CommuteStream now offers native ads for dozens of transit apps around the US
The Chicago-based company, which says it is the only one specializing in ads for these kinds of apps, is expanding its markets and going beyond banners.
For a marketer, the daily commute of a passenger on public transportation is an ideal targeting time. The passenger travels the same route, at the same times, and might regularly check a phone app for schedule updates.
With that in mind, Chicago-based CommuteStream is this week launching “commute-targeted” native ads through its ad platform specifically for dozens of transit apps. Although other ad platforms can deliver ads to these apps, CommuteStream says it is the only one to focus entirely on public transit apps.
Dozens of them — with names like Transit Stop, Transit Tracker, Next Bus and My Transit — allow users to see current arrival times of buses or trains, check for delays, find the fastest routes or conduct similar activities.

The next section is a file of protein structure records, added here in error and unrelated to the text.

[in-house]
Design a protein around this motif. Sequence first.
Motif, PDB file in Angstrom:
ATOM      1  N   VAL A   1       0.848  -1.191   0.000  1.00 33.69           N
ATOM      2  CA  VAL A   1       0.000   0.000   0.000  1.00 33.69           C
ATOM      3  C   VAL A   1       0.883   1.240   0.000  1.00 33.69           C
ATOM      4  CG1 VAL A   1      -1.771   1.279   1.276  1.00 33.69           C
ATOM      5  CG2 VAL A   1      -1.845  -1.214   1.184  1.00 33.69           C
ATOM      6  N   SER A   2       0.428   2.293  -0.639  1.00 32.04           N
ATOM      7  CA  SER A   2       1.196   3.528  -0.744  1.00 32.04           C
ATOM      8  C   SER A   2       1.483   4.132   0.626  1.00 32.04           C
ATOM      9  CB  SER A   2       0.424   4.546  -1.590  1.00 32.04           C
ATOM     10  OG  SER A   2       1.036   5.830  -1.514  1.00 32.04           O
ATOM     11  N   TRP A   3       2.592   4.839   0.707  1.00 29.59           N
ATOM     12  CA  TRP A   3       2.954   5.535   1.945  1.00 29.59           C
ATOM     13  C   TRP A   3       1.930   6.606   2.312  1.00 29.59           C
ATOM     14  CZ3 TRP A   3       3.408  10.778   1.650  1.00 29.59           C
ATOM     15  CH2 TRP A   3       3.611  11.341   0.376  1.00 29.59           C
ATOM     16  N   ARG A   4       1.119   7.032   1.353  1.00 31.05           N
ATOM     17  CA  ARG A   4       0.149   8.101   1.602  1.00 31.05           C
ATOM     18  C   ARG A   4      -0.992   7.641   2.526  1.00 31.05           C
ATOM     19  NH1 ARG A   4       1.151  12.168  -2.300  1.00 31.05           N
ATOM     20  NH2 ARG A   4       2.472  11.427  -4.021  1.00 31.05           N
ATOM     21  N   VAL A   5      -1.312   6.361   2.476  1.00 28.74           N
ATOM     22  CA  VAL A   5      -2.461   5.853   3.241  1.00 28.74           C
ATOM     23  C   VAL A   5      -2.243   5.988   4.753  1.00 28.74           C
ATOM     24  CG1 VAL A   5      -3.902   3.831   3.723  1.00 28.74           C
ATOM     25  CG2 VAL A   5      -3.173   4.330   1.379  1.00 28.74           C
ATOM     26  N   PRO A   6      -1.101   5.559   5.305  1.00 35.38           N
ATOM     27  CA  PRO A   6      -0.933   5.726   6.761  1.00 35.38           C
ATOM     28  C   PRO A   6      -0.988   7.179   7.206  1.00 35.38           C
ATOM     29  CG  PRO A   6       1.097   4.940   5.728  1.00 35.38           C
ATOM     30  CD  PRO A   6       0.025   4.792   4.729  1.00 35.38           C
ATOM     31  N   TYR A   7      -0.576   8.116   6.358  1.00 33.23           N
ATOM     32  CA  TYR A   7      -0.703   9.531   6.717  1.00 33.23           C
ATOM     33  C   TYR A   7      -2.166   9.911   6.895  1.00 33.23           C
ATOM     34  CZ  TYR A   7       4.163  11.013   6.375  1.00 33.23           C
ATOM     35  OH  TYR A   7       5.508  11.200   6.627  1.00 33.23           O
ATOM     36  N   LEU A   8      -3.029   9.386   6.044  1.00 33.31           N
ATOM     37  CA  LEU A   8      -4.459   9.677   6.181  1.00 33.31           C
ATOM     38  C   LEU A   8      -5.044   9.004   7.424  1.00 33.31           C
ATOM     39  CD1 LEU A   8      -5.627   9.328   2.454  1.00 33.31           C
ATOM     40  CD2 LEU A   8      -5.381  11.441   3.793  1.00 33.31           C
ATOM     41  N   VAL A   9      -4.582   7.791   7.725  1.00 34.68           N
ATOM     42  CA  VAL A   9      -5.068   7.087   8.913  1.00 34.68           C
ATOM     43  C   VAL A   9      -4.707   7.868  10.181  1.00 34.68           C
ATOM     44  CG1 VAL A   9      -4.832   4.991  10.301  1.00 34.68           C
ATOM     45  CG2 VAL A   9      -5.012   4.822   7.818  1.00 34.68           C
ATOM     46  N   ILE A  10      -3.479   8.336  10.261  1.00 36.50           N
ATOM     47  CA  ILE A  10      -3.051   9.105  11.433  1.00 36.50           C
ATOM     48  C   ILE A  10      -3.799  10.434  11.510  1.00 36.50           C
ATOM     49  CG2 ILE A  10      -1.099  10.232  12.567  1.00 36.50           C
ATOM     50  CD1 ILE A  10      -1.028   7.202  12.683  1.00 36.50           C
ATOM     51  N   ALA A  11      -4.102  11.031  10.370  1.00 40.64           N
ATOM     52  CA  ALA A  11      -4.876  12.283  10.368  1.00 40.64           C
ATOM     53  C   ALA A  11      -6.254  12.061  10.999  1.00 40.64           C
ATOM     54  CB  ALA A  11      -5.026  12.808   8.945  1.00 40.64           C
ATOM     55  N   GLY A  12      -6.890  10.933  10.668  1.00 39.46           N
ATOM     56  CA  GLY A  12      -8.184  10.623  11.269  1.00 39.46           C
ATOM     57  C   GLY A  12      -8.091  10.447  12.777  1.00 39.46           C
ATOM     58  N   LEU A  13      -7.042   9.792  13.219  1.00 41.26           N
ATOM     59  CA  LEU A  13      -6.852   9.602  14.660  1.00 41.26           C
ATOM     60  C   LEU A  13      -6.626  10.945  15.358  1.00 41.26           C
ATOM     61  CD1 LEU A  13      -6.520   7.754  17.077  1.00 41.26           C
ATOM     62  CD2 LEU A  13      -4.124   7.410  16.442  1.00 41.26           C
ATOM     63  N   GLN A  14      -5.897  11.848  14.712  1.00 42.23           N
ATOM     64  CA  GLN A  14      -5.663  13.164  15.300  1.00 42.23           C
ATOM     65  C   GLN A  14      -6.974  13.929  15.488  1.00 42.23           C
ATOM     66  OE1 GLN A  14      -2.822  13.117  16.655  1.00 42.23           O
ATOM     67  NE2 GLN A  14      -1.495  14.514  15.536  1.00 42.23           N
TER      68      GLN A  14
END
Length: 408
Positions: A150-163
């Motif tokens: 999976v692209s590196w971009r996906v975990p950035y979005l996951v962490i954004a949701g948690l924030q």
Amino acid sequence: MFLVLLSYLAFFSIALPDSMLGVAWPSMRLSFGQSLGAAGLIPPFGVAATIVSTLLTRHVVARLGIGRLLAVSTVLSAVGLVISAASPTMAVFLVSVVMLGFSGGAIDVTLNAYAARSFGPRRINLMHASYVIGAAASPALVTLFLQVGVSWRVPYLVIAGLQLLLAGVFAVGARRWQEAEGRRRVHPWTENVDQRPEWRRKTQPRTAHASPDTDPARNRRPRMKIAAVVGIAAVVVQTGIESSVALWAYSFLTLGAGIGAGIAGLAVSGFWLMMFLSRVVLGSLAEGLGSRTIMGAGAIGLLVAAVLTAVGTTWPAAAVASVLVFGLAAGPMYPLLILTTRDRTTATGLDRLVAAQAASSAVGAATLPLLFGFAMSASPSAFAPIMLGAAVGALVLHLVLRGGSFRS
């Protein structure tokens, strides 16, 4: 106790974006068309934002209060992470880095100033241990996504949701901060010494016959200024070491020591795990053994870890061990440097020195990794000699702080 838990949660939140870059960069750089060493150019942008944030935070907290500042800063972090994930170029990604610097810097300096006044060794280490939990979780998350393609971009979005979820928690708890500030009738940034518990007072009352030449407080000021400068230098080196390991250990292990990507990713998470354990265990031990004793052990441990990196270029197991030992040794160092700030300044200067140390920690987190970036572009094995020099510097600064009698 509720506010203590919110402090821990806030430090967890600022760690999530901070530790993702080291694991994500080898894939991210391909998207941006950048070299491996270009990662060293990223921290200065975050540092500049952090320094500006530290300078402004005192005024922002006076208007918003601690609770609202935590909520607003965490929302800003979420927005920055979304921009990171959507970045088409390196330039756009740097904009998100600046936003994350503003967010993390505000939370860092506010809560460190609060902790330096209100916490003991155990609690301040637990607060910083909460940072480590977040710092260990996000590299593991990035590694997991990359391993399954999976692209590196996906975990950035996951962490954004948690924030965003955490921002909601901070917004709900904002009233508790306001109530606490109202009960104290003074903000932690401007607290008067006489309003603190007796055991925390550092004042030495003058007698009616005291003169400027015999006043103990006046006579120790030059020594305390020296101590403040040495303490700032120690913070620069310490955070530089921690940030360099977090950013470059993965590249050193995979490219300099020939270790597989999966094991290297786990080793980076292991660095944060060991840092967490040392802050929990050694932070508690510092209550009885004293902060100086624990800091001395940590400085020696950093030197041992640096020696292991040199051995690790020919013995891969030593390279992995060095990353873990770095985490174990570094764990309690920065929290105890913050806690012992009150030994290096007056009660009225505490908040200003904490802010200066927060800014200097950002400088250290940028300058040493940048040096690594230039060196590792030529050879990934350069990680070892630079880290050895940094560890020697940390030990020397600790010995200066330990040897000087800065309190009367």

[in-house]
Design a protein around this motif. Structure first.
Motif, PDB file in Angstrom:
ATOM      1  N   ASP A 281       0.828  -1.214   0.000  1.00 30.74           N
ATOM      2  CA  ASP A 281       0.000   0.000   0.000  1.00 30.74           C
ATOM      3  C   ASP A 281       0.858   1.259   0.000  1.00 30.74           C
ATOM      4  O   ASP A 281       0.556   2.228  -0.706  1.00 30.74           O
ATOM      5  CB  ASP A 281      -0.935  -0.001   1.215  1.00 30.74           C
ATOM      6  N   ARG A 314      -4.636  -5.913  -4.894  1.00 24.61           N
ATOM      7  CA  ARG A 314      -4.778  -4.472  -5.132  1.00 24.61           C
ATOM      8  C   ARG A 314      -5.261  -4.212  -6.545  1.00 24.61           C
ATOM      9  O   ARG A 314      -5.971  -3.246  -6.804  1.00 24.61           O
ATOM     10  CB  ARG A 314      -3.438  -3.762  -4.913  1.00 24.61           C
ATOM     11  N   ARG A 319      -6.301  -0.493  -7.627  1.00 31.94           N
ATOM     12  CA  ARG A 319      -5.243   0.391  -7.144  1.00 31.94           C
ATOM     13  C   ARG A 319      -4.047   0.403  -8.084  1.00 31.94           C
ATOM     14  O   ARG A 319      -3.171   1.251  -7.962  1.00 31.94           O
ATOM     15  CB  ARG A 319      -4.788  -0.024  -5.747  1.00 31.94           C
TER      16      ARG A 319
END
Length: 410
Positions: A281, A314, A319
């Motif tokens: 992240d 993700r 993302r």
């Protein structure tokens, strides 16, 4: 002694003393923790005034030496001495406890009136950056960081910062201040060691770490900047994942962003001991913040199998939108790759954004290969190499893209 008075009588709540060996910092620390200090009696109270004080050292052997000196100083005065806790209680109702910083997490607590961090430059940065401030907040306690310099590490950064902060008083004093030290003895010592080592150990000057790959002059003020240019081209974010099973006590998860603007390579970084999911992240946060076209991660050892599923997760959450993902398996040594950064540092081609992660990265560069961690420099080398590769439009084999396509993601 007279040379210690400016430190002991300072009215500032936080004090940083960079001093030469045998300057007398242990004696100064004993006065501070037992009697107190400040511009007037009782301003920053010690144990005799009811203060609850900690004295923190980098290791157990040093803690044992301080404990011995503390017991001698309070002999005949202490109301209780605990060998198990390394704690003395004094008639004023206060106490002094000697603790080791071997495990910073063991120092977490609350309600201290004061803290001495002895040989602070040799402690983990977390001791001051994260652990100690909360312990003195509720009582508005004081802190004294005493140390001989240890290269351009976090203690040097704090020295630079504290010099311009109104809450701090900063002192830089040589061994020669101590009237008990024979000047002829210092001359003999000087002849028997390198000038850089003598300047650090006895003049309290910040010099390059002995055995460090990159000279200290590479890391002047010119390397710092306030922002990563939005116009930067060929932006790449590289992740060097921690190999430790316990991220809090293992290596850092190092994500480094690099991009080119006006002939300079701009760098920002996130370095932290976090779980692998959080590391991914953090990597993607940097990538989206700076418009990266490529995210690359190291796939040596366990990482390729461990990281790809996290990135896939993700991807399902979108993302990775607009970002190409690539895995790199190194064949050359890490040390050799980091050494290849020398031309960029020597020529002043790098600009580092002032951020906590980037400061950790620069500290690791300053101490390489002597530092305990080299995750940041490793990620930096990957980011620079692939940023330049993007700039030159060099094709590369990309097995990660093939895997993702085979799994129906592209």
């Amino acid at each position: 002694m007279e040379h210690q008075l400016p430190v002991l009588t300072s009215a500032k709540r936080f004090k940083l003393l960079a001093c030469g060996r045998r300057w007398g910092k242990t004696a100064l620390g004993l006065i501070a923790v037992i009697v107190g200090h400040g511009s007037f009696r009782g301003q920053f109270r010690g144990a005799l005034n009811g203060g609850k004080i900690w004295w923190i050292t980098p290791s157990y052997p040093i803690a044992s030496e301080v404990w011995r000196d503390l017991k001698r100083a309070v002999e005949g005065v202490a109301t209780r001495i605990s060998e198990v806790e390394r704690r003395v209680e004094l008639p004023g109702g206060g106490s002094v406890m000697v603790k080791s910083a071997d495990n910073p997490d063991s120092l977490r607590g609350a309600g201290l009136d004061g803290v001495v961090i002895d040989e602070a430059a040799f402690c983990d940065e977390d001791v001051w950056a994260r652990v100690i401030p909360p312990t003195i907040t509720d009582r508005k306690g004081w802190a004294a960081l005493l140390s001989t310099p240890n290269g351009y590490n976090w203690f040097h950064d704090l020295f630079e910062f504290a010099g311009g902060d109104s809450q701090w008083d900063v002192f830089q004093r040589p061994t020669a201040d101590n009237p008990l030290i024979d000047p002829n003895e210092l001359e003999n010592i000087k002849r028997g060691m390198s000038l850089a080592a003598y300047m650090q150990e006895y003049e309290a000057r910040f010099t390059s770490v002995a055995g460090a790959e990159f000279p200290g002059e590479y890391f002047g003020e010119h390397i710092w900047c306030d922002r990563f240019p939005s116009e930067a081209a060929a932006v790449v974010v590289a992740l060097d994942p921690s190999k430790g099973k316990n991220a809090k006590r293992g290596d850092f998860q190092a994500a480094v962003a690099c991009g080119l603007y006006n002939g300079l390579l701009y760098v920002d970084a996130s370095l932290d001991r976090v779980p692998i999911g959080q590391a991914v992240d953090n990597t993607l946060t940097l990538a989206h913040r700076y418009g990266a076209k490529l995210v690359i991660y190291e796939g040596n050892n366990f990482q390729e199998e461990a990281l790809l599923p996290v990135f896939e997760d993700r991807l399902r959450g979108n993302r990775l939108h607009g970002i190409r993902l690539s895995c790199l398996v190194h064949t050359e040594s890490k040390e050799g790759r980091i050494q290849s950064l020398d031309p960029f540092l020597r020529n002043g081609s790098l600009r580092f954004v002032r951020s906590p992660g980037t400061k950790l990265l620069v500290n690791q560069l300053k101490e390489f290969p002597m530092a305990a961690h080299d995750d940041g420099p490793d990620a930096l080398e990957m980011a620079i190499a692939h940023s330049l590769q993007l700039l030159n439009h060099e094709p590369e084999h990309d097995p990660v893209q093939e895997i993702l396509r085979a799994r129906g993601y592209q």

Previously, CommuteStream only offered banner ads for transit apps, which are still available. Both the banner ads and the new native ads are now available in 11 US markets beyond the company’s initial three markets of Boston, Pittsburgh and the Chicago area.
Founded in 2013, CommuteStream began by offering its own transit app called TransitChatter. It provided public transportation schedules and status plus route-related news, but the company soon transitioned to providing ads for such apps.
CEO and co-founder Samuel Pro told me that, when it first began offering ads, CommuteStream using dynamic tracking to serve ads related to where the passenger was en route, but that proved overly complicated for the needs of his company’s advertisers, some of which are small businesses.
Now, he said, native ads are targeted at fixed routes or stops, such as offering a breakfast sandwich special at a diner near your morning destination stop. Banner ads are targeted at your entire commute, which might consist of several routes.
A click on a native ad takes the user to an “action card” on the mobile web, which can offer as many as three calls to action:
While banner ads are served to both iOS and Android apps, native ads are only served to iOS apps now, with Android coming soon. The CommuteStream platform only accommodates fixed-priced CPMs ads, not bidding, and native ads are text and image files delivered into the app publisher’s template so they will look like surrounding content.